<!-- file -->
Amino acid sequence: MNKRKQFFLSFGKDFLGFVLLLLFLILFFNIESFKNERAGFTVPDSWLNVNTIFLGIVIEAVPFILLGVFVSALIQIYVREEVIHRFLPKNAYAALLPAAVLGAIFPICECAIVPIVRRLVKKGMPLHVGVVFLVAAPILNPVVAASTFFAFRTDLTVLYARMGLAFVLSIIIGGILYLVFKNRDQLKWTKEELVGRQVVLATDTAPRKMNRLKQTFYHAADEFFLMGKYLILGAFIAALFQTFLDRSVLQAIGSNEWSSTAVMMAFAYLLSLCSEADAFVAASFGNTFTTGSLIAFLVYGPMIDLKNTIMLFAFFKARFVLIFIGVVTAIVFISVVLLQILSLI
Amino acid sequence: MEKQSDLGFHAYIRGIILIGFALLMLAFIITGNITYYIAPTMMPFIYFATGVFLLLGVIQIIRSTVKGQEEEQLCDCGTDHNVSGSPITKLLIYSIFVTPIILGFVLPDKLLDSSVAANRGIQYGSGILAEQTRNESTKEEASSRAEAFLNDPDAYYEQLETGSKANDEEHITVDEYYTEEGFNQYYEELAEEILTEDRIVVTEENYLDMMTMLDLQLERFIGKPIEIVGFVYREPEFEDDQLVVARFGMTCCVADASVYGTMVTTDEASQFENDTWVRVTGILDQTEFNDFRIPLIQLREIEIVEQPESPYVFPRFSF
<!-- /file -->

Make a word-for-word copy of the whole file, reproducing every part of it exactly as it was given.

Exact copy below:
Amino acid sequence: MNKRKQFFLSFGKDFLGFVLLLLFLILFFNIESFKNERAGFTVPDSWLNVNTIFLGIVIEAVPFILLGVFVSALIQIYVREEVIHRFLPKNAYAALLPAAVLGAIFPICECAIVPIVRRLVKKGMPLHVGVVFLVAAPILNPVVAASTFFAFRTDLTVLYARMGLAFVLSIIIGGILYLVFKNRDQLKWTKEELVGRQVVLATDTAPRKMNRLKQTFYHAADEFFLMGKYLILGAFIAALFQTFLDRSVLQAIGSNEWSSTAVMMAFAYLLSLCSEADAFVAASFGNTFTTGSLIAFLVYGPMIDLKNTIMLFAFFKARFVLIFIGVVTAIVFISVVLLQILSLI
Amino acid sequence: MEKQSDLGFHAYIRGIILIGFALLMLAFIITGNITYYIAPTMMPFIYFATGVFLLLGVIQIIRSTVKGQEEEQLCDCGTDHNVSGSPITKLLIYSIFVTPIILGFVLPDKLLDSSVAANRGIQYGSGILAEQTRNESTKEEASSRAEAFLNDPDAYYEQLETGSKANDEEHITVDEYYTEEGFNQYYEELAEEILTEDRIVVTEENYLDMMTMLDLQLERFIGKPIEIVGFVYREPEFEDDQLVVARFGMTCCVADASVYGTMVTTDEASQFENDTWVRVTGILDQTEFNDFRIPLIQLREIEIVEQPESPYVFPRFSF